Ocado Technology has launched a coding initiative after finding that 73% of primary school teachers feel they have...
not been given the necessary resources to teach children to code.
With the computing curriculum due to start in September, Ocado Technology polled 250 UK primary schools, discovering that the majority do not have access to sufficient hardware, resources or training.
The main part of the initiative is a free teaching resource called Rapid Router, which targets Key Stage 1 and lower Key Stage 2.
Rapid Router includes an educational web application with lesson plans, activity guides and coding career videos. The web app features 25 levels for pupil progression and a function where children can create their own challenges.
Pupils will progress from visual programming language Blockly to the more complex Python.
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Fran Worby, a year four teacher at Tudor Primary School, said: “This is a fantastic resource. It clearly introduces the language of coding to children in a fun and engaging way. It also allows children to develop their understanding in this area of the curriculum by introducing coding language in small, manageable chunks – offering excellent progression.
“Coding was a whole new area for me, let alone the children, and this teaching pack has made it easy to get started with the requirements of the new curriculum.”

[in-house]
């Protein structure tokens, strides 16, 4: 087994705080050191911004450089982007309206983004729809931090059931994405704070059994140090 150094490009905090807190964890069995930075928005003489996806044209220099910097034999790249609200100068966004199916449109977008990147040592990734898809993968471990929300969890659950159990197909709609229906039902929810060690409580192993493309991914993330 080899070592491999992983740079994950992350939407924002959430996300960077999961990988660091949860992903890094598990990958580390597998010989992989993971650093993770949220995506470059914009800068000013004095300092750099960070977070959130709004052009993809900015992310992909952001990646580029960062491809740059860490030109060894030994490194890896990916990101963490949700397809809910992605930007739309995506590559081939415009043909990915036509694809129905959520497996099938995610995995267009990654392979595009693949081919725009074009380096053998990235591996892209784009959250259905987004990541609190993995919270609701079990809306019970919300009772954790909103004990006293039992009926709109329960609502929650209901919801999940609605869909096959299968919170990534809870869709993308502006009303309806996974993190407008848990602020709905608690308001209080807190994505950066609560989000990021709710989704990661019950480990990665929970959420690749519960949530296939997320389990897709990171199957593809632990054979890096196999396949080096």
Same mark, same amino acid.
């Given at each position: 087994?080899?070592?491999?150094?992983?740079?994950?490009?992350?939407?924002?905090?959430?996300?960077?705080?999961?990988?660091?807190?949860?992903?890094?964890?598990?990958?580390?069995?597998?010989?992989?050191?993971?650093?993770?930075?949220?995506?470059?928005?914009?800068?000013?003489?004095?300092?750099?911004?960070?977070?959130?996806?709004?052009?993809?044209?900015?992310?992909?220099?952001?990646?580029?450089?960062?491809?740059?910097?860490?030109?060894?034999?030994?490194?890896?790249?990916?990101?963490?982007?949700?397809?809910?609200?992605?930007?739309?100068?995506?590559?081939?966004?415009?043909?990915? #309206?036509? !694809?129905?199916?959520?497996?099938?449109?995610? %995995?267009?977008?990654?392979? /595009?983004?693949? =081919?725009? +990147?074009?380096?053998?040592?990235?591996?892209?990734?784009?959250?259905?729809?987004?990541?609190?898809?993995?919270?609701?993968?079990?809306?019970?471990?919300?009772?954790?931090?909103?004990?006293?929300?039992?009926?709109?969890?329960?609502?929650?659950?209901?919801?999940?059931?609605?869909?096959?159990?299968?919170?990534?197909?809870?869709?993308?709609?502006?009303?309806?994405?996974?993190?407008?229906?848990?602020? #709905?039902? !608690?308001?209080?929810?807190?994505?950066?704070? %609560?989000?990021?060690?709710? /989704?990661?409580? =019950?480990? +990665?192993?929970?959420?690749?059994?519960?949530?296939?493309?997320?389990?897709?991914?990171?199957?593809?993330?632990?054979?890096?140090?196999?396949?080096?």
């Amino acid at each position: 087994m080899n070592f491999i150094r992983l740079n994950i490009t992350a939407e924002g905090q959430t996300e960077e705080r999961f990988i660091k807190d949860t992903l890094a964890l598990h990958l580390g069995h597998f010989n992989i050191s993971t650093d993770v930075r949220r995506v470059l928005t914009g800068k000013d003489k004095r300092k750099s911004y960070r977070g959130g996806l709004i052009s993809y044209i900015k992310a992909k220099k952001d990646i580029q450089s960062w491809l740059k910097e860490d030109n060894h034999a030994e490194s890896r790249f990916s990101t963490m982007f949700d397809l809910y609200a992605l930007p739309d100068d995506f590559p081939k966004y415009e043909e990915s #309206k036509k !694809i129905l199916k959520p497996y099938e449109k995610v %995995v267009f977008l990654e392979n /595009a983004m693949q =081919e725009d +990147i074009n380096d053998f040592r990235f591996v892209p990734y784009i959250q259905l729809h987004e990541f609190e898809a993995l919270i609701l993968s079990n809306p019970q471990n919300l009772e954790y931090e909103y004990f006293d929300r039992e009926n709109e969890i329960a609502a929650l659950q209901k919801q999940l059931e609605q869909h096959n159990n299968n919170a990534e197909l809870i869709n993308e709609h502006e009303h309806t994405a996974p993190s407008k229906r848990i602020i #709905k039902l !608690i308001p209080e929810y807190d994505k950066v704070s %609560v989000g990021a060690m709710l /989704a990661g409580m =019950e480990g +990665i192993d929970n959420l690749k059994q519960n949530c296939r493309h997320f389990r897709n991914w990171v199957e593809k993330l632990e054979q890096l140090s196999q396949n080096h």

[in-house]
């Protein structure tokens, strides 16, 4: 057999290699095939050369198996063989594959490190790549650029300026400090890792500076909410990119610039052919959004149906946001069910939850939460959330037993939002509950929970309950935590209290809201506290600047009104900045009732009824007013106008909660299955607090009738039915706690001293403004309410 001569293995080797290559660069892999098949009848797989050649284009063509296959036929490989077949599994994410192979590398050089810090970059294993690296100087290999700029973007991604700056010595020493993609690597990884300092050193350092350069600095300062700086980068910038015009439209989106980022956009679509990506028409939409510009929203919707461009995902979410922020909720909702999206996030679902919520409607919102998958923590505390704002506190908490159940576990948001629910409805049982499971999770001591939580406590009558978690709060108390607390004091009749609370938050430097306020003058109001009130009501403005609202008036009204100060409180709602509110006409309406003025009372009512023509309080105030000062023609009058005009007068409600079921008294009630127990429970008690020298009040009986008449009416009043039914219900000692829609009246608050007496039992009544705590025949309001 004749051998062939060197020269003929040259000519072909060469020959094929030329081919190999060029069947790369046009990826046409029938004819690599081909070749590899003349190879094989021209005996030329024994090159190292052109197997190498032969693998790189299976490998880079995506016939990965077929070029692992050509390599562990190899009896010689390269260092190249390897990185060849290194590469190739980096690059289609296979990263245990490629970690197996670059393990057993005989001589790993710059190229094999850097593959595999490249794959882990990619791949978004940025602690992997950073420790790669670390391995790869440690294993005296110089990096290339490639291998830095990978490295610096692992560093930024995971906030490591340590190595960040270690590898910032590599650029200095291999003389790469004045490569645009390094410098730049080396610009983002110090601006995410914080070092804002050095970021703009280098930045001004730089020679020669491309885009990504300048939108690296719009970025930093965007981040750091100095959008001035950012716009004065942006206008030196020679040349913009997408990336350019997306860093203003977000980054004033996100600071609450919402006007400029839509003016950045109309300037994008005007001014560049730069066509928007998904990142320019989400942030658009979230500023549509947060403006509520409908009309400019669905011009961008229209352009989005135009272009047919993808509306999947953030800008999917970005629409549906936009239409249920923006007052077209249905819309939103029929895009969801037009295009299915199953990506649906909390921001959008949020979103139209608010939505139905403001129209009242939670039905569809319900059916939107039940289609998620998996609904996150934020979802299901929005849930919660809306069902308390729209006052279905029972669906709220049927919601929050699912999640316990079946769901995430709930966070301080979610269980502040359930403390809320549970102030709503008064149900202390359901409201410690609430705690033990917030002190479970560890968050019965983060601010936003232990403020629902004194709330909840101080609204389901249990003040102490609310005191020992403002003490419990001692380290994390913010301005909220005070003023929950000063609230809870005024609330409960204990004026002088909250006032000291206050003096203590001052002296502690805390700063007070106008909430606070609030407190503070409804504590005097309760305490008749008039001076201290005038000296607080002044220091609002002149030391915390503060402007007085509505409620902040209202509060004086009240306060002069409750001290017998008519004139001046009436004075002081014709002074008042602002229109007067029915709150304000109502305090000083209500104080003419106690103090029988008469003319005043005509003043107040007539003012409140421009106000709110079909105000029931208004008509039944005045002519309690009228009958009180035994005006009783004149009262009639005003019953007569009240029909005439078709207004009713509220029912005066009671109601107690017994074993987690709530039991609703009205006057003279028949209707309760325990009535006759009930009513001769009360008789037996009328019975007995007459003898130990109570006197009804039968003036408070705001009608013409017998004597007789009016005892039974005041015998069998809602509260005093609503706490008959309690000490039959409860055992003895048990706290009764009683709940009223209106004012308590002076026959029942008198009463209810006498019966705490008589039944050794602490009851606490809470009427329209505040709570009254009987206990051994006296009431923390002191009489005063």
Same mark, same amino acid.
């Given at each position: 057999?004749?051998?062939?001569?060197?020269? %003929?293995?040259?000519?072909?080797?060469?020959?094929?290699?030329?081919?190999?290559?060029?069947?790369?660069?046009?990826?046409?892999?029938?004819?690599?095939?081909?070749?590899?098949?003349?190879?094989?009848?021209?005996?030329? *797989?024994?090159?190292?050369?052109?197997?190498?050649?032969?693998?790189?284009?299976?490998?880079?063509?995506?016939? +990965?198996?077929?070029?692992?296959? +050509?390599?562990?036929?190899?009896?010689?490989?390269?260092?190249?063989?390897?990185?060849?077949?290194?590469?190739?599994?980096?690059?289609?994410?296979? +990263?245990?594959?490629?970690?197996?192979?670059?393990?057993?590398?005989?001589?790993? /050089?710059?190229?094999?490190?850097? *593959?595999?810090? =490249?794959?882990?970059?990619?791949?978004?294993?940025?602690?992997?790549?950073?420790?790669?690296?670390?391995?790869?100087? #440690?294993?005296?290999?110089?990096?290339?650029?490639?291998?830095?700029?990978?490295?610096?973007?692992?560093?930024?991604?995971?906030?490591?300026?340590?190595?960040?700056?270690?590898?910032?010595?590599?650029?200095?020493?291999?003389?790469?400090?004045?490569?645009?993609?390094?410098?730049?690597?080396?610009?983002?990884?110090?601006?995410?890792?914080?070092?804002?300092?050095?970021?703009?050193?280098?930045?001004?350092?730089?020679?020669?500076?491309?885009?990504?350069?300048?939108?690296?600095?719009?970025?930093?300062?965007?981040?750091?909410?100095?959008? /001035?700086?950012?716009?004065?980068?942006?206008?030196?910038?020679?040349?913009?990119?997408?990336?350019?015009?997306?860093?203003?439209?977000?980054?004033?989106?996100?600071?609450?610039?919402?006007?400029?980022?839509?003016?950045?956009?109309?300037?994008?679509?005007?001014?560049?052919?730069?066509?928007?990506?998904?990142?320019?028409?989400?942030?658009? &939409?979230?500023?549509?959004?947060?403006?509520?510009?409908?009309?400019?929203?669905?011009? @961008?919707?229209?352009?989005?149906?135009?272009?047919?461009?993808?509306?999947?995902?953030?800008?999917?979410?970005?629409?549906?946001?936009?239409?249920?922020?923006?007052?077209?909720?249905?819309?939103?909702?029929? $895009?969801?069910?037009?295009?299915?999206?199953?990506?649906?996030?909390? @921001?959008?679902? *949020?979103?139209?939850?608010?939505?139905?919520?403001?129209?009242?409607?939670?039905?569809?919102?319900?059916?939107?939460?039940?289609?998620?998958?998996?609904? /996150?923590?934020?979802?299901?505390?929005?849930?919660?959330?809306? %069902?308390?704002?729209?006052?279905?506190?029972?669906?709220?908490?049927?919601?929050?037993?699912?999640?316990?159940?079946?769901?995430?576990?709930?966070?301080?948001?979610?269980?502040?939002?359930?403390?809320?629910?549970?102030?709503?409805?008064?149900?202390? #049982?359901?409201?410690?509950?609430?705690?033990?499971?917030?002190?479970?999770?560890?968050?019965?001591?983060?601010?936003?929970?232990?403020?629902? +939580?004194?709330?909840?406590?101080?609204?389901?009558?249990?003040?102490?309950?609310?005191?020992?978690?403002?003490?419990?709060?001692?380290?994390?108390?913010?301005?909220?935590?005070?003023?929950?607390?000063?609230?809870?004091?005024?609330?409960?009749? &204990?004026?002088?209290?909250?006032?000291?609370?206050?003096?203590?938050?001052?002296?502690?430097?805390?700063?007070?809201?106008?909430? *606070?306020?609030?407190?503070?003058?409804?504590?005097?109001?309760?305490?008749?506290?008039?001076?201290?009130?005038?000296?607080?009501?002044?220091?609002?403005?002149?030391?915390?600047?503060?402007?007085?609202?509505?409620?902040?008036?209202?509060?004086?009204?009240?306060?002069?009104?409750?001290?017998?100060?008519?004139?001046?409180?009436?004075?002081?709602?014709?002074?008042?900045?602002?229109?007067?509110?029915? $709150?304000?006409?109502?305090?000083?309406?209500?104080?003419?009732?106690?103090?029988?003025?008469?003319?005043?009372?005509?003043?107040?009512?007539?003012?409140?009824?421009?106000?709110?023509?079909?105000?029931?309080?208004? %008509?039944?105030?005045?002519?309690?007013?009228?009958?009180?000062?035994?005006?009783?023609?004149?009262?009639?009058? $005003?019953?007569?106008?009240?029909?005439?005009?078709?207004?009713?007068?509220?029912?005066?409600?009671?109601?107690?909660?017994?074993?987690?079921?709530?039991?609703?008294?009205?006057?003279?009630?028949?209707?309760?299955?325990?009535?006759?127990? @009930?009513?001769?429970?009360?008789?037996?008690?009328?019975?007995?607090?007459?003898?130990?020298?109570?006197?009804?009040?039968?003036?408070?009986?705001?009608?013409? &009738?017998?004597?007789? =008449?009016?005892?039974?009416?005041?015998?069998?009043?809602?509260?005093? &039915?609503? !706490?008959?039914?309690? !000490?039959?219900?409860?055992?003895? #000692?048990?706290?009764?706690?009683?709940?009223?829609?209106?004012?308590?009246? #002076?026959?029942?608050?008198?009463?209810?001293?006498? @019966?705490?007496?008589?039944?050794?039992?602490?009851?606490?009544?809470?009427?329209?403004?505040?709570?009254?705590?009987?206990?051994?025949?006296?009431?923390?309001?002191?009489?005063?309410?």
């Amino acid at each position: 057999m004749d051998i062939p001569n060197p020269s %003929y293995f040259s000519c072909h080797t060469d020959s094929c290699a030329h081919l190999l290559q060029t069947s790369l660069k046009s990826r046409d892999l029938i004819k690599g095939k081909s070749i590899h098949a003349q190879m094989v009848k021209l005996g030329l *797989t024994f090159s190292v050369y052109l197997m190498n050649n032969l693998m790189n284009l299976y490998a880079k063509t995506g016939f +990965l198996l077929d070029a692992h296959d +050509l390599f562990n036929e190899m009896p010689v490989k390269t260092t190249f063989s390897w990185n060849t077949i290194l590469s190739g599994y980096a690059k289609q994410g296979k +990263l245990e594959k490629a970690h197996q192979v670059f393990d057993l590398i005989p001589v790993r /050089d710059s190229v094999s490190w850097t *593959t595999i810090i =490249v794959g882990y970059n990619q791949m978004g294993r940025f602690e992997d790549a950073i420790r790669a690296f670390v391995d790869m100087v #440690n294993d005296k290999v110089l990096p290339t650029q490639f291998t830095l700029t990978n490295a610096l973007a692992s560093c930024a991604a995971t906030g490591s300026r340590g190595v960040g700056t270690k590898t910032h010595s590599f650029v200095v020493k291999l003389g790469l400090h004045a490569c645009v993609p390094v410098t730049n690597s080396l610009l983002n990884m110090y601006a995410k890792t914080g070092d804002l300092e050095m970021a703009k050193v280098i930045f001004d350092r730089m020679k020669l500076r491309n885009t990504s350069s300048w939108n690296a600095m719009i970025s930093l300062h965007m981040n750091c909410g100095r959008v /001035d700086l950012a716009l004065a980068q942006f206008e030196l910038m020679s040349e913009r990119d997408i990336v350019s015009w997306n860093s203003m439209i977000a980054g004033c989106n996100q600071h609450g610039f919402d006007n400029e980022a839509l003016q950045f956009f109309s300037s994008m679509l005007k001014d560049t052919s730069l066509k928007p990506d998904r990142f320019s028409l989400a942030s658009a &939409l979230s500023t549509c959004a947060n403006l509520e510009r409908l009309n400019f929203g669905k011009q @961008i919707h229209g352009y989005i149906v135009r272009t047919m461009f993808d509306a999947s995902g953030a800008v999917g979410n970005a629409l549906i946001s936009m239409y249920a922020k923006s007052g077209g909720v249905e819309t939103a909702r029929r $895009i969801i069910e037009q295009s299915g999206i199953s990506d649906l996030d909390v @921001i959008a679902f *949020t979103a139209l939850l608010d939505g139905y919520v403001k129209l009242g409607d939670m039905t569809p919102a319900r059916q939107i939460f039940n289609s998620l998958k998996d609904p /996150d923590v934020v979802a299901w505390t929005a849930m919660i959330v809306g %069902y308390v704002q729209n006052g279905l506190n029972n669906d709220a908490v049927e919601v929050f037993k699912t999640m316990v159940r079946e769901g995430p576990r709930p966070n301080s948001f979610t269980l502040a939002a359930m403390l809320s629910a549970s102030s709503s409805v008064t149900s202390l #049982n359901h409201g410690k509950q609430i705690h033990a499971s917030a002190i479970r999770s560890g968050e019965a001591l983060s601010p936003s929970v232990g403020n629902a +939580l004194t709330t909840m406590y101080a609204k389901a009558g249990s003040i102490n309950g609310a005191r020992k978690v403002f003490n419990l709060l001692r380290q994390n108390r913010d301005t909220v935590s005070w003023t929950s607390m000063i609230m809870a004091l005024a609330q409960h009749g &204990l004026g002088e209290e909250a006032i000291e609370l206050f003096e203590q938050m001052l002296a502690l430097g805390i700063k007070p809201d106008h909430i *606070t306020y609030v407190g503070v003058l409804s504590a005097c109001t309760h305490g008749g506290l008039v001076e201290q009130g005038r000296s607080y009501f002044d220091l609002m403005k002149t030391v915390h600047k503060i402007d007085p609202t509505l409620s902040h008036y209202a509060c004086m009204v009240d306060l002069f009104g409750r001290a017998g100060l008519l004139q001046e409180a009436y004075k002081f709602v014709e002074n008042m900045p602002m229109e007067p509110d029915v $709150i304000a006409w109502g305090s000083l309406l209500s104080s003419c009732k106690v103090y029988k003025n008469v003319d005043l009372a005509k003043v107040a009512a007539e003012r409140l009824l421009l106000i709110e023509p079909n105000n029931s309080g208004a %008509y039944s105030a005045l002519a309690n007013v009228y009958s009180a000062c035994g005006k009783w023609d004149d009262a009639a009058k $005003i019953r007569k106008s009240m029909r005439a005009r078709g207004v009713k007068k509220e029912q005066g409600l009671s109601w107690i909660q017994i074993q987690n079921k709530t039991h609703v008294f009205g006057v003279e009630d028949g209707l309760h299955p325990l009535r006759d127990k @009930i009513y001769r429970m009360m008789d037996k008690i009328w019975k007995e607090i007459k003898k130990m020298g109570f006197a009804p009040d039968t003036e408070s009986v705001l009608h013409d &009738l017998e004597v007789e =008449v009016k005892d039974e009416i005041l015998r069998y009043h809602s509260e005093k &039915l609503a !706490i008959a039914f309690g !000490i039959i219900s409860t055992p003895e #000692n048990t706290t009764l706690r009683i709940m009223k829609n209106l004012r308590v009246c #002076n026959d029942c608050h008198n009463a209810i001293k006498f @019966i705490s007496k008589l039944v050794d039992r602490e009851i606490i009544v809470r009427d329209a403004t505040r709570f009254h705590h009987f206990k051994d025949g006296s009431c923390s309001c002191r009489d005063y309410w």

Paul Clarke, director of technology at Ocado, said: “As a technology company at its core, Ocado relies on recruiting a constant stream of the brightest and best software engineers and other IT specialists to fuel its continued growth and disruptive innovation.
“We wanted to find a way to give something back by investing in the next generation of computer scientists, while hopefully increasing the number of girls selecting technology subjects. As a key strand in our corporate social responsibility strategy, Code for Life provides a tangible and relevant way for our engineers to volunteer their time to help support the introduction of computing into the primary school curriculum in September.”
A year five pupil from North London said: “We’ve been using the Rapid Router game for a few months now and we love it. I like the challenge of the harder levels, but the best bit is the where you get to create your own maps.”
Paulina Koch, an Ocado Technology intern, said: “I’ve been working with developers from across Ocado Technology who have volunteered to build this resource after work and at weekends. I’ve loved having the opportunity to work with teachers and pupils to ensure the app delivers exactly what they need. Knowing it will be used by thousands of pupils around the country to gain skills that will benefit their future is a really exciting prospect.”
As part of the Code for Life initiative, Ocado Technology has joined forces with The National Museum of Computing, in Bletchley Park, to host the Weekend Codability project. The project will launch in September and is designed to enable young visitors to experience computer programming for the first time.